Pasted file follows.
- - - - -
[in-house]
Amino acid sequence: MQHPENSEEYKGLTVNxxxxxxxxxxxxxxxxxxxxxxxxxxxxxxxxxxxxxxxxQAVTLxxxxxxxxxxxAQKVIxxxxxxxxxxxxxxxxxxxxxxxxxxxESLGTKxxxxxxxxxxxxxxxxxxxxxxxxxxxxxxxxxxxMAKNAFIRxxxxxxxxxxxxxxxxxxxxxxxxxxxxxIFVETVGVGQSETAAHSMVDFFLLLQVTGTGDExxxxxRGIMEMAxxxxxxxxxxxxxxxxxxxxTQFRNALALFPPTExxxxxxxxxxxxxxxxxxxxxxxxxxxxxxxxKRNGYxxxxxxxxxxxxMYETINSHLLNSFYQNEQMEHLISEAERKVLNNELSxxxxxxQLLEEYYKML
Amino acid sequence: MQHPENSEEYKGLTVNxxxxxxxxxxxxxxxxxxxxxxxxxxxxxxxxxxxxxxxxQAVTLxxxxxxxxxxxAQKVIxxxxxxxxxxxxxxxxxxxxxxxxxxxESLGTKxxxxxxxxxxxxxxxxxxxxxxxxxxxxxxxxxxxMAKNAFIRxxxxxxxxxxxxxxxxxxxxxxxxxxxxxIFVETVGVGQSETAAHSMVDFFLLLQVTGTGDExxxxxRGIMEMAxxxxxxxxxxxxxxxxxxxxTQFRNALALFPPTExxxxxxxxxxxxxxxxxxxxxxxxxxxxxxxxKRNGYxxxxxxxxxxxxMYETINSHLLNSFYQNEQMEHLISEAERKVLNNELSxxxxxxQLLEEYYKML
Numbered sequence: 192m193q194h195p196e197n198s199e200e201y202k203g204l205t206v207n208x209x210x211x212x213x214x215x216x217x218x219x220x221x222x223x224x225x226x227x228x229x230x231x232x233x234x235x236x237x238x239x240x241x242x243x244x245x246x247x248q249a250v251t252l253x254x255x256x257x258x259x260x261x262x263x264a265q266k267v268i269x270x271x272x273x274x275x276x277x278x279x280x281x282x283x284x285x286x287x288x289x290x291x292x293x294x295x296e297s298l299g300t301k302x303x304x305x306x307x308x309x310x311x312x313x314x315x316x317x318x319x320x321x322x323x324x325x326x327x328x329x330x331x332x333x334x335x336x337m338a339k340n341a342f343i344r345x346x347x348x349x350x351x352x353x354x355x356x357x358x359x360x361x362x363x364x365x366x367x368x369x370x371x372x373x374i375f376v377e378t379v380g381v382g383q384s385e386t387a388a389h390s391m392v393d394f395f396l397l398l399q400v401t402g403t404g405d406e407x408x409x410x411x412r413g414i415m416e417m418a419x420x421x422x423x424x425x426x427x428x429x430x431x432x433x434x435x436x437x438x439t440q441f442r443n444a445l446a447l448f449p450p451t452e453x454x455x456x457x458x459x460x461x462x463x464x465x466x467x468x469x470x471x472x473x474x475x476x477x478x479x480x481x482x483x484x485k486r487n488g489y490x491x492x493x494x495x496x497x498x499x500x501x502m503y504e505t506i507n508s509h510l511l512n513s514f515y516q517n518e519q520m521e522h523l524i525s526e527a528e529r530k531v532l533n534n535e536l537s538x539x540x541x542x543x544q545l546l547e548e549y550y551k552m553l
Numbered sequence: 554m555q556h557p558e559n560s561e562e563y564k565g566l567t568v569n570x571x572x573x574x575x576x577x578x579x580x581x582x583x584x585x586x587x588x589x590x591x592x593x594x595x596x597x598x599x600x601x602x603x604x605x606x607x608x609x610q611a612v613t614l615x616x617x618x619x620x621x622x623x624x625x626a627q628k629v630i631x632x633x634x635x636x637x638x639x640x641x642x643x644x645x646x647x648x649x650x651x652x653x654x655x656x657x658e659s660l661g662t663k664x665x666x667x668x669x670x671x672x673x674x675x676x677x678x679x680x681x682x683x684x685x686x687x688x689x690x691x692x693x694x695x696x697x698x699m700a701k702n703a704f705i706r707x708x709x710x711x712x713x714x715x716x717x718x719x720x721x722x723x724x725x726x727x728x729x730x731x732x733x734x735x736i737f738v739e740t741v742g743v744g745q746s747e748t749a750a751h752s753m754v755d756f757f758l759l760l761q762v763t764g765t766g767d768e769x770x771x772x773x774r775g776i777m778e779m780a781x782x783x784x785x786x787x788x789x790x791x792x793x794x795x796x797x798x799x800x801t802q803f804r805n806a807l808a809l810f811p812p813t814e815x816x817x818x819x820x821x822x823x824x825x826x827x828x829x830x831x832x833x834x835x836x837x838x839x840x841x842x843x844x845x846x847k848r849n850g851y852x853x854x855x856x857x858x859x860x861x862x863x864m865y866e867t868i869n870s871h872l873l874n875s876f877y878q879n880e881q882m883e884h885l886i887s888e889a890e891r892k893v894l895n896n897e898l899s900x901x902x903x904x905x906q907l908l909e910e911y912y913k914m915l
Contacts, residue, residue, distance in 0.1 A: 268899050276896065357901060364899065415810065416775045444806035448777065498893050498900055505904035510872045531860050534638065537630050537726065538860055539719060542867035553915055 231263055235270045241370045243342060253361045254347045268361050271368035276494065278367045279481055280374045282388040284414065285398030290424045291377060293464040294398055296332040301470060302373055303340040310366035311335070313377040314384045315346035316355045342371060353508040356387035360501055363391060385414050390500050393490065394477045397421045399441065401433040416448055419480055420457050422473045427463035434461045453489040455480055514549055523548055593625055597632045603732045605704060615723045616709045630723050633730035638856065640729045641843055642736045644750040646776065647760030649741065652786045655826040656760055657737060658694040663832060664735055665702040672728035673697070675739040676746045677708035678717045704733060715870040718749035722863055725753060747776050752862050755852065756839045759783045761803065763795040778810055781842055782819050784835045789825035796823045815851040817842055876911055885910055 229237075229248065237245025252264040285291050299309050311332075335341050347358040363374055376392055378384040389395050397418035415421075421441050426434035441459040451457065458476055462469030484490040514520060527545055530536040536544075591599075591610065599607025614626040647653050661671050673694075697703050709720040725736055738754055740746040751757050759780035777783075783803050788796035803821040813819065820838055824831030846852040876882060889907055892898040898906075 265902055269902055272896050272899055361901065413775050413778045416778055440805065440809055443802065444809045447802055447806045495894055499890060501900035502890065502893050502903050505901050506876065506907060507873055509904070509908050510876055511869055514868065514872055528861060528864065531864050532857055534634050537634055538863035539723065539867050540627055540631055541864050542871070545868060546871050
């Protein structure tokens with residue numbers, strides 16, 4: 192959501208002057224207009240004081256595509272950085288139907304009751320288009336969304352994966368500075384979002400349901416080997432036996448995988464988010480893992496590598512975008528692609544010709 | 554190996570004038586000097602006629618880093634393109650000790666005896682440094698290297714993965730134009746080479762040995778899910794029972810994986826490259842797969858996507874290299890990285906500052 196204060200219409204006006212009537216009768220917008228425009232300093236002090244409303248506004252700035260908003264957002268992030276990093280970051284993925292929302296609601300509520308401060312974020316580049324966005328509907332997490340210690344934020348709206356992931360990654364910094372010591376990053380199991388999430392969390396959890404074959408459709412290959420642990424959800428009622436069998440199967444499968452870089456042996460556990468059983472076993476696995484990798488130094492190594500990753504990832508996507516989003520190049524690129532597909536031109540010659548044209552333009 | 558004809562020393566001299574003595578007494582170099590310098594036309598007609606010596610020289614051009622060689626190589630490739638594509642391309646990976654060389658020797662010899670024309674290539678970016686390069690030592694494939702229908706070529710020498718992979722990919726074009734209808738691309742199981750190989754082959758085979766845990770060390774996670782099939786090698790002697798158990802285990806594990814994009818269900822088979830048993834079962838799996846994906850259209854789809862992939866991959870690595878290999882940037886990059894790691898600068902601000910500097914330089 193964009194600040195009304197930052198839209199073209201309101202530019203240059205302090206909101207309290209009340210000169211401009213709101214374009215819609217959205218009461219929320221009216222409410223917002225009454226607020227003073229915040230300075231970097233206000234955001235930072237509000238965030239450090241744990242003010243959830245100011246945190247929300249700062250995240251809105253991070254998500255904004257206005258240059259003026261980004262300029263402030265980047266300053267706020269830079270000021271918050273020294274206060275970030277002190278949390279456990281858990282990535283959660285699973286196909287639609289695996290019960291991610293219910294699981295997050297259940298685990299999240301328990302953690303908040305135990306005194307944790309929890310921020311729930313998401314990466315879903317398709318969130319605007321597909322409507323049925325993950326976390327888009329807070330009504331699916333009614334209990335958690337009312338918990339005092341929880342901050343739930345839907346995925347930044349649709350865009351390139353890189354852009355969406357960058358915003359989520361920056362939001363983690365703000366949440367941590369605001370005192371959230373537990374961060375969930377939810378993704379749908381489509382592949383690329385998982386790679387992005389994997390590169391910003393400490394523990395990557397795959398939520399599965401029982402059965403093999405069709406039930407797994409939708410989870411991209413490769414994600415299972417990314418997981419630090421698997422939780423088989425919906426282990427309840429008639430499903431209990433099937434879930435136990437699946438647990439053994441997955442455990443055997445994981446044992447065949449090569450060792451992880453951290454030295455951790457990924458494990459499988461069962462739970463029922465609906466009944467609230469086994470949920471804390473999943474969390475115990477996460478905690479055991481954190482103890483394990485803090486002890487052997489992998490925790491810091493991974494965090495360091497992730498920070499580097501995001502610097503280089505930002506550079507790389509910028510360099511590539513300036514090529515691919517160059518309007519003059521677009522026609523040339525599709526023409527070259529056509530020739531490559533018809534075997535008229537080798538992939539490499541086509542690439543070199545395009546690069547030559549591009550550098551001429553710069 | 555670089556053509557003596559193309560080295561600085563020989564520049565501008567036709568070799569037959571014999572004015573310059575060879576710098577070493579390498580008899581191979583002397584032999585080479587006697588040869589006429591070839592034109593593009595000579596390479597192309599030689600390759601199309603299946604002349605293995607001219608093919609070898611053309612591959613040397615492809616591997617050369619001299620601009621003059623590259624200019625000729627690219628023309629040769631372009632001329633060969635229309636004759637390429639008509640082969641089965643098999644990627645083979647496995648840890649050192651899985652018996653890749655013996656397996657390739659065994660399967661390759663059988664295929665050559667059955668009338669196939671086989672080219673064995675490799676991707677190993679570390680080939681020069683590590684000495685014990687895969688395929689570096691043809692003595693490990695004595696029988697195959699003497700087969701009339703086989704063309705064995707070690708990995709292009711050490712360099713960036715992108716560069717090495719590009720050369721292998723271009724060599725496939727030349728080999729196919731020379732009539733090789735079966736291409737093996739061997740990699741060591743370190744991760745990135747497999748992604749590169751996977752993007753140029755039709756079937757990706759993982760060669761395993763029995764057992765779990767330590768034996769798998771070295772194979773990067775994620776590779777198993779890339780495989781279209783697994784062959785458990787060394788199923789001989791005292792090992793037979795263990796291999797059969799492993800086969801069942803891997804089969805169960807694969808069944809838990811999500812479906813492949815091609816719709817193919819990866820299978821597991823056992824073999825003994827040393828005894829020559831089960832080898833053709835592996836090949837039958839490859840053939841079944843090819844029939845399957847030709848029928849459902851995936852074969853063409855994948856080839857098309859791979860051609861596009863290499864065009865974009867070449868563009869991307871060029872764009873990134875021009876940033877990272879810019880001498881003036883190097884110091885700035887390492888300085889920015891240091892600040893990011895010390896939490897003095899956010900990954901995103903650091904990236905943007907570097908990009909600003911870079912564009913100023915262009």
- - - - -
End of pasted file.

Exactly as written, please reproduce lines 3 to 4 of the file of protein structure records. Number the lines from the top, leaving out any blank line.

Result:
Amino acid sequence: MQHPENSEEYKGLTVNxxxxxxxxxxxxxxxxxxxxxxxxxxxxxxxxxxxxxxxxQAVTLxxxxxxxxxxxAQKVIxxxxxxxxxxxxxxxxxxxxxxxxxxxESLGTKxxxxxxxxxxxxxxxxxxxxxxxxxxxxxxxxxxxMAKNAFIRxxxxxxxxxxxxxxxxxxxxxxxxxxxxxIFVETVGVGQSETAAHSMVDFFLLLQVTGTGDExxxxxRGIMEMAxxxxxxxxxxxxxxxxxxxxTQFRNALALFPPTExxxxxxxxxxxxxxxxxxxxxxxxxxxxxxxxKRNGYxxxxxxxxxxxxMYETINSHLLNSFYQNEQMEHLISEAERKVLNNELSxxxxxxQLLEEYYKML
Numbered sequence: 192m193q194h195p196e197n198s199e200e201y202k203g204l205t206v207n208x209x210x211x212x213x214x215x216x217x218x219x220x221x222x223x224x225x226x227x228x229x230x231x232x233x234x235x236x237x238x239x240x241x242x243x244x245x246x247x248q249a250v251t252l253x254x255x256x257x258x259x260x261x262x263x264a265q266k267v268i269x270x271x272x273x274x275x276x277x278x279x280x281x282x283x284x285x286x287x288x289x290x291x292x293x294x295x296e297s298l299g300t301k302x303x304x305x306x307x308x309x310x311x312x313x314x315x316x317x318x319x320x321x322x323x324x325x326x327x328x329x330x331x332x333x334x335x336x337m338a339k340n341a342f343i344r345x346x347x348x349x350x351x352x353x354x355x356x357x358x359x360x361x362x363x364x365x366x367x368x369x370x371x372x373x374i375f376v377e378t379v380g381v382g383q384s385e386t387a388a389h390s391m392v393d394f395f396l397l398l399q400v401t402g403t404g405d406e407x408x409x410x411x412r413g414i415m416e417m418a419x420x421x422x423x424x425x426x427x428x429x430x431x432x433x434x435x436x437x438x439t440q441f442r443n444a445l446a447l448f449p450p451t452e453x454x455x456x457x458x459x460x461x462x463x464x465x466x467x468x469x470x471x472x473x474x475x476x477x478x479x480x481x482x483x484x485k486r487n488g489y490x491x492x493x494x495x496x497x498x499x500x501x502m503y504e505t506i507n508s509h510l511l512n513s514f515y516q517n518e519q520m521e522h523l524i525s526e527a528e529r530k531v532l533n534n535e536l537s538x539x540x541x542x543x544q545l546l547e548e549y550y551k552m553l